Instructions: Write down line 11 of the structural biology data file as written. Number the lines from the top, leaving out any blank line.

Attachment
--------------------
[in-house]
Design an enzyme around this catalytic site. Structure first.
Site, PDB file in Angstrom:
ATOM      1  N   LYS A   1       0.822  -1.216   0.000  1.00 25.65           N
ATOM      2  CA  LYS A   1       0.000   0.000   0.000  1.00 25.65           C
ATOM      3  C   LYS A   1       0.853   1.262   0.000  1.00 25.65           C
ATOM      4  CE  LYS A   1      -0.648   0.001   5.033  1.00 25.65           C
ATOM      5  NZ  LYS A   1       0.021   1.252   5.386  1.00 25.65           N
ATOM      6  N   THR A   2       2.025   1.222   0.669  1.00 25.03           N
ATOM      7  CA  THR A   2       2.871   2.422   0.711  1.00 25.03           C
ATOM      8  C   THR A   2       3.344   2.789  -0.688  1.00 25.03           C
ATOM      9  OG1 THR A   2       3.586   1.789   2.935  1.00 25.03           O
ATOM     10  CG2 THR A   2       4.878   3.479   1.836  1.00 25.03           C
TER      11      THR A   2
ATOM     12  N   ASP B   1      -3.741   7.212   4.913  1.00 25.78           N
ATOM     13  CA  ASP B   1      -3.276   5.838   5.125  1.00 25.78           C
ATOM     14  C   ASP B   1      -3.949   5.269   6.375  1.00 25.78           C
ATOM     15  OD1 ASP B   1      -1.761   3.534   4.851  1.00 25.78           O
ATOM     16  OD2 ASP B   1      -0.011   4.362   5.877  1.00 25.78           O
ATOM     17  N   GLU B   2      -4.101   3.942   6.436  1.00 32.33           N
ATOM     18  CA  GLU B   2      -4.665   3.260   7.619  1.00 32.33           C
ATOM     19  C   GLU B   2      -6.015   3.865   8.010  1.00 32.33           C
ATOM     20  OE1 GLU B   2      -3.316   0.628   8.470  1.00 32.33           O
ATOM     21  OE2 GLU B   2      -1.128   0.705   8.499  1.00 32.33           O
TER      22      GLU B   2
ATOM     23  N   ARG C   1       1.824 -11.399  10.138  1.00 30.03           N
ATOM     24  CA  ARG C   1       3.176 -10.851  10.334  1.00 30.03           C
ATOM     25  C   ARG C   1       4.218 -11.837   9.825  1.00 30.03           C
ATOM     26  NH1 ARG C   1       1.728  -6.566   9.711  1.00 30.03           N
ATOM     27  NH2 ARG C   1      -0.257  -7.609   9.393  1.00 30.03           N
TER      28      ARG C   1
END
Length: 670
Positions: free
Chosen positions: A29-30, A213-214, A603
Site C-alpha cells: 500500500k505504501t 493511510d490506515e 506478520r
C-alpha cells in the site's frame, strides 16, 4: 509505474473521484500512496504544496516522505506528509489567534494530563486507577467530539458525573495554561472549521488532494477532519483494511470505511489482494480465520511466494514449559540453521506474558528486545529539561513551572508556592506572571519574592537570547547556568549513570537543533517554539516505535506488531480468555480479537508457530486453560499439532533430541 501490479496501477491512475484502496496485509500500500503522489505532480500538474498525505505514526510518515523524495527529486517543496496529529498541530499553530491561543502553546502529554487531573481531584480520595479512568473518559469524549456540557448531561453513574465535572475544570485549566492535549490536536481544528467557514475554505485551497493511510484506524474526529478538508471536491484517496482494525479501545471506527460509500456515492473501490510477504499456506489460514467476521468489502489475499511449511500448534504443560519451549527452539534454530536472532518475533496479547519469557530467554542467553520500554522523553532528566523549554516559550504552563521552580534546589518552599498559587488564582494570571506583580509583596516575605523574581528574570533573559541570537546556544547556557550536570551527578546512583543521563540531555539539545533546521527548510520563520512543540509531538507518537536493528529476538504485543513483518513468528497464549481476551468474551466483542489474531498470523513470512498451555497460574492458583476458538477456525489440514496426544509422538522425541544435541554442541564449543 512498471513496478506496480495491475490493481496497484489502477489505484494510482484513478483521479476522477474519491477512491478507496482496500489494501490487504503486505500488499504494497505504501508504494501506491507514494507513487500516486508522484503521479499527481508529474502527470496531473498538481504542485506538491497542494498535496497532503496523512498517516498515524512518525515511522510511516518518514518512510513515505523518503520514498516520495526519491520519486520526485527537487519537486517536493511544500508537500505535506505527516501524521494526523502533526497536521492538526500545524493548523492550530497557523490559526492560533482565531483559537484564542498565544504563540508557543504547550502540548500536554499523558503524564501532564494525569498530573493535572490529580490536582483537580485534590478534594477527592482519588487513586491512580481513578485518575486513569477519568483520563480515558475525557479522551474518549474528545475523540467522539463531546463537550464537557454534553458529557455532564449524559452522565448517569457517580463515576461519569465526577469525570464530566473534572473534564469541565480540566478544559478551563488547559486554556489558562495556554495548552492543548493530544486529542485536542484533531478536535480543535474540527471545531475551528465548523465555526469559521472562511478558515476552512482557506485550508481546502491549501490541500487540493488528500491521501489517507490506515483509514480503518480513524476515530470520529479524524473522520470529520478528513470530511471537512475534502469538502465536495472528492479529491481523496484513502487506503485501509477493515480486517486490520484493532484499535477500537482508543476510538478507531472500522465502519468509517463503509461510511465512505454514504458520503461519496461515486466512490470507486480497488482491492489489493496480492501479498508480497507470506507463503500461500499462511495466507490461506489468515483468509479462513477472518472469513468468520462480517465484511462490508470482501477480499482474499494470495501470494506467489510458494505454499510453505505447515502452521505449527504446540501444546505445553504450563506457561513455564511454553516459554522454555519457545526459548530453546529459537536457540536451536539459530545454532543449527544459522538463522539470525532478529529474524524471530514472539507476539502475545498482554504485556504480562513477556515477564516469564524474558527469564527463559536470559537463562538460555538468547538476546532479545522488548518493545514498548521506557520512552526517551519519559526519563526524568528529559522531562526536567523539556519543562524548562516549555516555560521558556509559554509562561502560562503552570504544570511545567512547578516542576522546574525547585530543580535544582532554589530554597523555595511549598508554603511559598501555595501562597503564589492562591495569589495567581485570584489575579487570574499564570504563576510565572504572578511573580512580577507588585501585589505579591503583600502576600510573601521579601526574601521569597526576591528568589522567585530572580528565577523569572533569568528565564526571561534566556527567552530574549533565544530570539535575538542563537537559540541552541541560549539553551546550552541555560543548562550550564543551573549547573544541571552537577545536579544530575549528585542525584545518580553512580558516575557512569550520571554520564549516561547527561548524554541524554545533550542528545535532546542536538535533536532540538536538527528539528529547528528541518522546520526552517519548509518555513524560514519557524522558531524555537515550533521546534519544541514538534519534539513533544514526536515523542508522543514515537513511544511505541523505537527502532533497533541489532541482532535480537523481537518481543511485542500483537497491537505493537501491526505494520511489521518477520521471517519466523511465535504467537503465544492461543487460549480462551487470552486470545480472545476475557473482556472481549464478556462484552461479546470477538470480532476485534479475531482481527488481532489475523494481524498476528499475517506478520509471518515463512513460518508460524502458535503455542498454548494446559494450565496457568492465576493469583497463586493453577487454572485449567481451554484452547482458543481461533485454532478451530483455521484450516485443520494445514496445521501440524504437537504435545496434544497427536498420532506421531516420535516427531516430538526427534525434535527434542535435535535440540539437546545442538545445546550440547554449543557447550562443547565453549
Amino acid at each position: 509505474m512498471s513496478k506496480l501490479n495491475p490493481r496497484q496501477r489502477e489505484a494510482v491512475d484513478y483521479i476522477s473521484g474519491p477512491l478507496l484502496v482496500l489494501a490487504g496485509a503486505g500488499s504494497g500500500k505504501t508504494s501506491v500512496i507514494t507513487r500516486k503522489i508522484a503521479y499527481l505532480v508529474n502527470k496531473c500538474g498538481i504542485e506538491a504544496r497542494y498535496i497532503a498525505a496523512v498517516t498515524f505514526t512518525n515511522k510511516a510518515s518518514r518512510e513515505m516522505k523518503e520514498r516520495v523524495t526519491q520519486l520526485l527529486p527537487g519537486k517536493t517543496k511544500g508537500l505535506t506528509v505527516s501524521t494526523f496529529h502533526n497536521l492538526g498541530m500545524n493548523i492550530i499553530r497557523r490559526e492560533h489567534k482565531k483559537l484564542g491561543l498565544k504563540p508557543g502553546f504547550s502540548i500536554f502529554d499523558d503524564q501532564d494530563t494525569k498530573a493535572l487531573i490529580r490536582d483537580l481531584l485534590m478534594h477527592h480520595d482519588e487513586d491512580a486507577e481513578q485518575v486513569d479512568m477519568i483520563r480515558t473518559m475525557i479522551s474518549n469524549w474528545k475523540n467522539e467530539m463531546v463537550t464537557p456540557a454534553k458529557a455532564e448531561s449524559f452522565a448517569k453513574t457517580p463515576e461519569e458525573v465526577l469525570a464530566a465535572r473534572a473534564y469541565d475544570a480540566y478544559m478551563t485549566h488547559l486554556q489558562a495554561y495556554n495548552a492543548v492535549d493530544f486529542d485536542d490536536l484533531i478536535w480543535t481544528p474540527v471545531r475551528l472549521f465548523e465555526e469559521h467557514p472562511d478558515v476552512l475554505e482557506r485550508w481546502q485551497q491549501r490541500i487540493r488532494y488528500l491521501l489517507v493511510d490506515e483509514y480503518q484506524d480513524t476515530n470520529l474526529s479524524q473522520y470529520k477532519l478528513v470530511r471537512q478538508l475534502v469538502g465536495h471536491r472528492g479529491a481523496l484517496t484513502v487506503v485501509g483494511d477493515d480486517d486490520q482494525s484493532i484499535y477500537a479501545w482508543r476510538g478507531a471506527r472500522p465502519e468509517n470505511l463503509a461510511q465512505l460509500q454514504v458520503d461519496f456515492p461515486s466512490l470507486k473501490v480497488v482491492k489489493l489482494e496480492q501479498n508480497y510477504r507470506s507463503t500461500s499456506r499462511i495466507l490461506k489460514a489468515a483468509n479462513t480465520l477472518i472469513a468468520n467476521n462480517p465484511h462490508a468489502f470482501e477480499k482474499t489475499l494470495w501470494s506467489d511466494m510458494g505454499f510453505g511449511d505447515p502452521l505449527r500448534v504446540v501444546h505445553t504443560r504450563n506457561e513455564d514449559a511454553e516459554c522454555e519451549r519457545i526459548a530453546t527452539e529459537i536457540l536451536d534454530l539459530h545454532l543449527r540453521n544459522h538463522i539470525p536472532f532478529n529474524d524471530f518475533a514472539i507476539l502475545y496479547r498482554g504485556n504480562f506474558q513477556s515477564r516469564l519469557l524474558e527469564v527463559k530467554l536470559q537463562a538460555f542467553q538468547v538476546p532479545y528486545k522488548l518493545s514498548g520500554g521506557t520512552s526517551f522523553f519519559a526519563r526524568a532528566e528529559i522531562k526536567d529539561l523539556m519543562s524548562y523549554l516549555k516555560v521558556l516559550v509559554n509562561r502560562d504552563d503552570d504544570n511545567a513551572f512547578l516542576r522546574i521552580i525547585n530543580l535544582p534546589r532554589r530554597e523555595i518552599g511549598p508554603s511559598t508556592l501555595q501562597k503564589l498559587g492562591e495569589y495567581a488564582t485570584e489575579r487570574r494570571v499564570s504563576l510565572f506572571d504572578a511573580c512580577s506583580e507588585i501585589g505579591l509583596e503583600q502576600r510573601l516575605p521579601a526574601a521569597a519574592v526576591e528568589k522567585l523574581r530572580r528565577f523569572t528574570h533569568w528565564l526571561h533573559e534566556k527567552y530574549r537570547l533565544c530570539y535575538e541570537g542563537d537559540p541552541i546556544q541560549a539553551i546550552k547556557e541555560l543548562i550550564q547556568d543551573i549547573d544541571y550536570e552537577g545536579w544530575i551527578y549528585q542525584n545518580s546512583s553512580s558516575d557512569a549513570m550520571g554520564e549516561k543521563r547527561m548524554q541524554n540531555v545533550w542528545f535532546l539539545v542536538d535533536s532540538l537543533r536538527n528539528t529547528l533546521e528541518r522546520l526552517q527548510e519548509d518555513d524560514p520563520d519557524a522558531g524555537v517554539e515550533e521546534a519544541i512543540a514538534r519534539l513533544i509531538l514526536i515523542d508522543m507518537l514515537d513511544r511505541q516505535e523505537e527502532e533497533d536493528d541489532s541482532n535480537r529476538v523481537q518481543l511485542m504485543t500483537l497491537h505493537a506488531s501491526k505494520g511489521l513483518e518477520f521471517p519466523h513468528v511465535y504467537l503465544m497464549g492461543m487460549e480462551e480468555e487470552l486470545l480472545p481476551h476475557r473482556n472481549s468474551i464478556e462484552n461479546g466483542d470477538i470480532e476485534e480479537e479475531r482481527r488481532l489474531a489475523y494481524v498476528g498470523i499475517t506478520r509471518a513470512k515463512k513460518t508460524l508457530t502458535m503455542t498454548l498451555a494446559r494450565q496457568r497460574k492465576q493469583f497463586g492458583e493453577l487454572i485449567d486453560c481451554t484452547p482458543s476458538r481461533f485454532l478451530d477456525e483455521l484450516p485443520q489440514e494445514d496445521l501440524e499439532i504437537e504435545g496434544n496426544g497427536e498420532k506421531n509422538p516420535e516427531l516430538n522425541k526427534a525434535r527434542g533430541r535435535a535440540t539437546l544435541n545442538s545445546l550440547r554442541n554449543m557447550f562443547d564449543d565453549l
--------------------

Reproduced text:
ATOM      8  C   THR A   2       3.344   2.789  -0.688  1.00 25.03           C